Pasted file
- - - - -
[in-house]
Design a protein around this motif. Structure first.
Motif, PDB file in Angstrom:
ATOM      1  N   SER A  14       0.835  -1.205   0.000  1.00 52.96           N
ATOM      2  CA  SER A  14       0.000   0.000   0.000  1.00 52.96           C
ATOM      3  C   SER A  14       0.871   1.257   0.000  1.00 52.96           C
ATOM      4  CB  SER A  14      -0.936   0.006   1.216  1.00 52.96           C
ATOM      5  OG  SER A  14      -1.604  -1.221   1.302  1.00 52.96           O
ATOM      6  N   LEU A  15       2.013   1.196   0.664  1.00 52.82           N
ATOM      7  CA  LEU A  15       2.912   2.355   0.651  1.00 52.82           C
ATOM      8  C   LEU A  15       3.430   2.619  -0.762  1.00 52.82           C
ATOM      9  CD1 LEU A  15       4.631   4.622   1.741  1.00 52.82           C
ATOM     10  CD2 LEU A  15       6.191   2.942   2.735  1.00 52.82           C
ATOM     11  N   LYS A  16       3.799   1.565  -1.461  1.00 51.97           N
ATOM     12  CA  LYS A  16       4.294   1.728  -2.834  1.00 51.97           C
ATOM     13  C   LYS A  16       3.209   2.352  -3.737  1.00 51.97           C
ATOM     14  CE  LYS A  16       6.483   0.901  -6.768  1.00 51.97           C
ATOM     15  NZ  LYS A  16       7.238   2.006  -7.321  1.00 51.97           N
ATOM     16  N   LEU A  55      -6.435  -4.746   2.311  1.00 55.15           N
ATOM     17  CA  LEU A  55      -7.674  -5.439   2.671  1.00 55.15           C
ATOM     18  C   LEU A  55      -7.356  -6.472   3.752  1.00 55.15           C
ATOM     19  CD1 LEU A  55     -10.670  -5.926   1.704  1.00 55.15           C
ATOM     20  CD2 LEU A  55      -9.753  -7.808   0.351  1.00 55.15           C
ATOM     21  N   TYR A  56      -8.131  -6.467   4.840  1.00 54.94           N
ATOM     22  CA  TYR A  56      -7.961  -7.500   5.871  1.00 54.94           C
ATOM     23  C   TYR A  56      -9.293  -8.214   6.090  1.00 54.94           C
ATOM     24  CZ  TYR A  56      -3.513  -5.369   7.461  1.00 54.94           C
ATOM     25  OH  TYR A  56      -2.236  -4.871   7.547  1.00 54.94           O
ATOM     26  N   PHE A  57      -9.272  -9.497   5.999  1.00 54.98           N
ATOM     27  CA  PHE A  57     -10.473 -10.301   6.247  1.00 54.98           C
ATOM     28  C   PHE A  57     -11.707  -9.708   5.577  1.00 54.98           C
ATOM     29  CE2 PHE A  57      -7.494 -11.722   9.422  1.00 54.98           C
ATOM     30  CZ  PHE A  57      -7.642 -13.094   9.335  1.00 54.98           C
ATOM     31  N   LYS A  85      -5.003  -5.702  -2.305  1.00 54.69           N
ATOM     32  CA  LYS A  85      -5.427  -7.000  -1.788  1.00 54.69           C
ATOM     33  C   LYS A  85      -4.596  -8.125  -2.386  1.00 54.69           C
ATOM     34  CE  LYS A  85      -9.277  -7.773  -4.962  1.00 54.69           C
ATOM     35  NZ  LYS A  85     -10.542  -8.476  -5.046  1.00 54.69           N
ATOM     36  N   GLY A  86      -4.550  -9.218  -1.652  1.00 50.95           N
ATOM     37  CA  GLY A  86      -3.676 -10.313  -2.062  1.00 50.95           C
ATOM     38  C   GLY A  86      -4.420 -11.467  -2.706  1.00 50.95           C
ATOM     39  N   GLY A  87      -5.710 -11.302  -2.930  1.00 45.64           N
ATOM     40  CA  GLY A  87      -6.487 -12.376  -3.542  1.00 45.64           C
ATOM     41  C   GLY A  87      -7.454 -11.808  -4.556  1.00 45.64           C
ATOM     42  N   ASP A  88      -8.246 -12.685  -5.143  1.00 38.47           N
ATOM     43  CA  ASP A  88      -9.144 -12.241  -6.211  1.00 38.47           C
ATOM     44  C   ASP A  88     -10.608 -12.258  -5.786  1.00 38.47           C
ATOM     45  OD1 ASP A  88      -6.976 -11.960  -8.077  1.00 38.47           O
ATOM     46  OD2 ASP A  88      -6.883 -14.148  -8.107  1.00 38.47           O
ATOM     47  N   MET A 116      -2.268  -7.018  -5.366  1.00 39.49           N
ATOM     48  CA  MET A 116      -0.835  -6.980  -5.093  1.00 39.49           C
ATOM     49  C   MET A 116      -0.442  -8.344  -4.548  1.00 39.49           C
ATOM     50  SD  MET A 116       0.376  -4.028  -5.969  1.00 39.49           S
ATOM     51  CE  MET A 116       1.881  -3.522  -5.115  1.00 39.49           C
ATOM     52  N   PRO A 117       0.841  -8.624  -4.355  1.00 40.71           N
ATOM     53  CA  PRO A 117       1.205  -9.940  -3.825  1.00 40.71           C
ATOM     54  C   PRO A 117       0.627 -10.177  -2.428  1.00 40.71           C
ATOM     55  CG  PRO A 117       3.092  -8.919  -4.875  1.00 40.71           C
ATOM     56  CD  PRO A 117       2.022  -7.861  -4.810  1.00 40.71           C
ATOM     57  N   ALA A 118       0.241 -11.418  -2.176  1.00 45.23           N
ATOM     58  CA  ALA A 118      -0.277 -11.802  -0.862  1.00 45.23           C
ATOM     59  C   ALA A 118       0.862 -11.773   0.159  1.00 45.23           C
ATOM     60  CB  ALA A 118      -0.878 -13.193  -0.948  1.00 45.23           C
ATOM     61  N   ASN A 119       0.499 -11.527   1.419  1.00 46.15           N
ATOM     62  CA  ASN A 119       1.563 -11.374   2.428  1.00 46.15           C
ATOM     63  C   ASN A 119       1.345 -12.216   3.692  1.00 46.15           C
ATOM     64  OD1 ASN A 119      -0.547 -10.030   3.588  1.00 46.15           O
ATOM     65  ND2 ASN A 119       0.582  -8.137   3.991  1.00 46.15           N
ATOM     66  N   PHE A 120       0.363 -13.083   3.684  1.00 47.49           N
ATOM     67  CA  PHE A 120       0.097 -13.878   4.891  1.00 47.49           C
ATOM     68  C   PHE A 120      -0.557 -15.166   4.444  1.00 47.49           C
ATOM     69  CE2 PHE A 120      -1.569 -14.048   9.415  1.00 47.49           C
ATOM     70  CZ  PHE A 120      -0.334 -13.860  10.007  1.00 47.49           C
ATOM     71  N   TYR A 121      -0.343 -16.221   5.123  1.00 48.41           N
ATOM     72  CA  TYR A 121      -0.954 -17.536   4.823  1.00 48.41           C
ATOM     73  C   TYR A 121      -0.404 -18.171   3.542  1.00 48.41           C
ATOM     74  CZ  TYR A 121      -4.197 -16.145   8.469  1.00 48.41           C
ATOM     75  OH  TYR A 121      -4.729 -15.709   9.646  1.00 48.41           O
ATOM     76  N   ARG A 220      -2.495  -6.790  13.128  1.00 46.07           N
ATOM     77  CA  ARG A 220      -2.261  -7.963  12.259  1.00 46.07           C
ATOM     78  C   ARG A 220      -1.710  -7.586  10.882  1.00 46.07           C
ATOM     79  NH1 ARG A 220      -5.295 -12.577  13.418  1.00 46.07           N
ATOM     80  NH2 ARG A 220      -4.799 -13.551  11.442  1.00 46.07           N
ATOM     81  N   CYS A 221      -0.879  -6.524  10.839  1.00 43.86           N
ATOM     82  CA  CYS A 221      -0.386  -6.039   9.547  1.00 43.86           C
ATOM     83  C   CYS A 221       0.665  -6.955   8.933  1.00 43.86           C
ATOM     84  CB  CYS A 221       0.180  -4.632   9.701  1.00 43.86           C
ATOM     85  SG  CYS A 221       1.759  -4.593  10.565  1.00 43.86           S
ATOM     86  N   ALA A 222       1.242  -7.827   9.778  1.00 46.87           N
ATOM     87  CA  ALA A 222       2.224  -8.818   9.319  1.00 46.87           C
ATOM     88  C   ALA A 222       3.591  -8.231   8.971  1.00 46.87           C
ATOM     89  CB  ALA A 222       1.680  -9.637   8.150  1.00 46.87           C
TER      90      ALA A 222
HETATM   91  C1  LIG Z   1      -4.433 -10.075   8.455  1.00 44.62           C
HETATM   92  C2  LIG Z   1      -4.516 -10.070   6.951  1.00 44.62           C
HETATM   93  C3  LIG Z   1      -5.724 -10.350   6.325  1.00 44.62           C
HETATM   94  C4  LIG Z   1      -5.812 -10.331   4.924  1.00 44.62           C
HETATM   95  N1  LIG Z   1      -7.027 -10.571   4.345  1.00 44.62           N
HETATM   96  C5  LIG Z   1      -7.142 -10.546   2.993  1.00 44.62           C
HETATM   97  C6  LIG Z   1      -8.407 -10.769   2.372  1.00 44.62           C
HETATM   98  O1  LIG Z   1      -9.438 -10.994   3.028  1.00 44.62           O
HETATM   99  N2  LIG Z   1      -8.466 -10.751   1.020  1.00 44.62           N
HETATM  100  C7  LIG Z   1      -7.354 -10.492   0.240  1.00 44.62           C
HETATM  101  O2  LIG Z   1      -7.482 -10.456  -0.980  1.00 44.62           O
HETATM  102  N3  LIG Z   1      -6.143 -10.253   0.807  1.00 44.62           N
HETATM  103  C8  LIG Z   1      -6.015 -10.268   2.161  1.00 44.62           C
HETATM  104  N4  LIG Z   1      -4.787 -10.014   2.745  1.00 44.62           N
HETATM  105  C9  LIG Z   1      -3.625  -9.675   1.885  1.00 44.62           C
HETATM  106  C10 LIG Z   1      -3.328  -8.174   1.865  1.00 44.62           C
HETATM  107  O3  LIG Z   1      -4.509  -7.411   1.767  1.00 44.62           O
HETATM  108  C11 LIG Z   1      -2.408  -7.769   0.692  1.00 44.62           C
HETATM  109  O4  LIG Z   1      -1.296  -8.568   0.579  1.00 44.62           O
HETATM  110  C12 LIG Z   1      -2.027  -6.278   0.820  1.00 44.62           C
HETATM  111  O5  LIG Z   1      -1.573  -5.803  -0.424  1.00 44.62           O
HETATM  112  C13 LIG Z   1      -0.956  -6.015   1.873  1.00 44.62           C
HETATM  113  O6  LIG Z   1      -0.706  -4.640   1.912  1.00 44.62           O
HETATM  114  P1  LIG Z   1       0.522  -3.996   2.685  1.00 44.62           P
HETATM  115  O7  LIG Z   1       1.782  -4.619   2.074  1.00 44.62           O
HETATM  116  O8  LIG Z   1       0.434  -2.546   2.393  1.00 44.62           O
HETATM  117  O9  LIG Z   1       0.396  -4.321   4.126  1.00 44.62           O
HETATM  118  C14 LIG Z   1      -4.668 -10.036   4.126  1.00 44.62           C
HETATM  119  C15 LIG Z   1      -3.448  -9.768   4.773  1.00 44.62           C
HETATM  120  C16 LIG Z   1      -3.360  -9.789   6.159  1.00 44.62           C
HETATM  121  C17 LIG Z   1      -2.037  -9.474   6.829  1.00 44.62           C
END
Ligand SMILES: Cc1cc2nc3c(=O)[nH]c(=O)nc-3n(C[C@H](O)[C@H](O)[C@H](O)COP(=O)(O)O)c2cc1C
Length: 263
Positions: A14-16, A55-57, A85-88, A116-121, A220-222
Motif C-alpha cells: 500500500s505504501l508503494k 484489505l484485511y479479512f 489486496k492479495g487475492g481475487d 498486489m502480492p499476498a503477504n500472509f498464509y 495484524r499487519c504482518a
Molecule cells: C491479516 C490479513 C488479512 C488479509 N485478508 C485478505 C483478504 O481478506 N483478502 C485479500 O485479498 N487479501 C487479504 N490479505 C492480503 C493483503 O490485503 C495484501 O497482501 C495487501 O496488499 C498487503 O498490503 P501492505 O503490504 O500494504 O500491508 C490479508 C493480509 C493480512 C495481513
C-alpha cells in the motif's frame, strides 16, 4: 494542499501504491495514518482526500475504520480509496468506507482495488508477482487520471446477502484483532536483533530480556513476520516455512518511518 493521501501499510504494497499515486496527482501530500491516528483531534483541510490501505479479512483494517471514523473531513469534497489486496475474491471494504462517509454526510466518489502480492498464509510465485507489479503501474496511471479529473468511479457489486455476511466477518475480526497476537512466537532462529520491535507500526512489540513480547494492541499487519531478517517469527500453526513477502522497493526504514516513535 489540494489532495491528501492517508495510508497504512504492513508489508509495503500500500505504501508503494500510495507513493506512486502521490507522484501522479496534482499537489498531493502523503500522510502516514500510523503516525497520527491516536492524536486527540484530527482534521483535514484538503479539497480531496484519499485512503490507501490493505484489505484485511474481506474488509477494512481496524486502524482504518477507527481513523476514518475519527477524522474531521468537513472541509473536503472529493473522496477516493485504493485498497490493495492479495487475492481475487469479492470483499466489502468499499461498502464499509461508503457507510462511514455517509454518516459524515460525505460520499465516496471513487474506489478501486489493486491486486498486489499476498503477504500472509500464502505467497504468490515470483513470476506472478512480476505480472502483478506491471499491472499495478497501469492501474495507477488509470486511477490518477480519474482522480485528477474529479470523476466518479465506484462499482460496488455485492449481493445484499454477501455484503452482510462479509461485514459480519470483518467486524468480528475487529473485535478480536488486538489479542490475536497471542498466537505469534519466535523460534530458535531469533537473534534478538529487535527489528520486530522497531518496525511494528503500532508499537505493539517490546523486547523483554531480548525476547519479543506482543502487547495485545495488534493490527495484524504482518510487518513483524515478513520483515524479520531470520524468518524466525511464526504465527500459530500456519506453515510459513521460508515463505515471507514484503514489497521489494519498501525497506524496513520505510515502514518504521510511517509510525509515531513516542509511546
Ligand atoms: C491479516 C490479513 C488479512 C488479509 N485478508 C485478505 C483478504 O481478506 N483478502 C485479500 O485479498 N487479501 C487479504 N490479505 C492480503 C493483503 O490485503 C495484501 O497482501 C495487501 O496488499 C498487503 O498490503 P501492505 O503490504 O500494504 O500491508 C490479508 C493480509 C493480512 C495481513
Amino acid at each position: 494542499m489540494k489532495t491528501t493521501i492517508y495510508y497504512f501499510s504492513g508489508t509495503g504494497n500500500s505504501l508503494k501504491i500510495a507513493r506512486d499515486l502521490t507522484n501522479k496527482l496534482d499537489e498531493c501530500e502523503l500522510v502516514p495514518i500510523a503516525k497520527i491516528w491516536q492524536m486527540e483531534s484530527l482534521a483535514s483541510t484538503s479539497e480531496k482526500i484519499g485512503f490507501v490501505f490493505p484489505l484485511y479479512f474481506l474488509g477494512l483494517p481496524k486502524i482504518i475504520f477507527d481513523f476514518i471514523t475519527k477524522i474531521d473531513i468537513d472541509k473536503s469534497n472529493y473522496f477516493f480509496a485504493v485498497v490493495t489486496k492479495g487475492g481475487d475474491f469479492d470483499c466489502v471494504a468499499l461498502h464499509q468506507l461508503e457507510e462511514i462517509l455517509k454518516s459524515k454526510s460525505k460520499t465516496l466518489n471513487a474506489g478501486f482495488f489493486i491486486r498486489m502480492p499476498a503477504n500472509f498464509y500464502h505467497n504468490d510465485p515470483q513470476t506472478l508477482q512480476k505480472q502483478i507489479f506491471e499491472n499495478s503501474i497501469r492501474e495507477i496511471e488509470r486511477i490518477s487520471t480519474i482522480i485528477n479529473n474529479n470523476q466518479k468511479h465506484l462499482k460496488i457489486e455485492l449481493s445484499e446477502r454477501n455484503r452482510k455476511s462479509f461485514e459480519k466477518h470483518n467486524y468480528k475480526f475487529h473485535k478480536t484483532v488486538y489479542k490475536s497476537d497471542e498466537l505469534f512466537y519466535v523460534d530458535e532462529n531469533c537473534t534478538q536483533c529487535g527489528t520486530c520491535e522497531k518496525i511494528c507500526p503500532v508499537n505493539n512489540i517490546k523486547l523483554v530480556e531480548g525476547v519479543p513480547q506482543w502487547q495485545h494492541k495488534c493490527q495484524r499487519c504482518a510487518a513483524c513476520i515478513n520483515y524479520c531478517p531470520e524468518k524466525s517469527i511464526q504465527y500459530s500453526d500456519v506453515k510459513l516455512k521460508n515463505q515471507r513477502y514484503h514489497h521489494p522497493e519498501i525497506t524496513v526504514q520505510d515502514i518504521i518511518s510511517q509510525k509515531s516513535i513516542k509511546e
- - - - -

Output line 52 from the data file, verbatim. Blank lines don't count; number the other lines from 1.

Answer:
ATOM     49  C   MET A 116      -0.442  -8.344  -4.548  1.00 39.49           C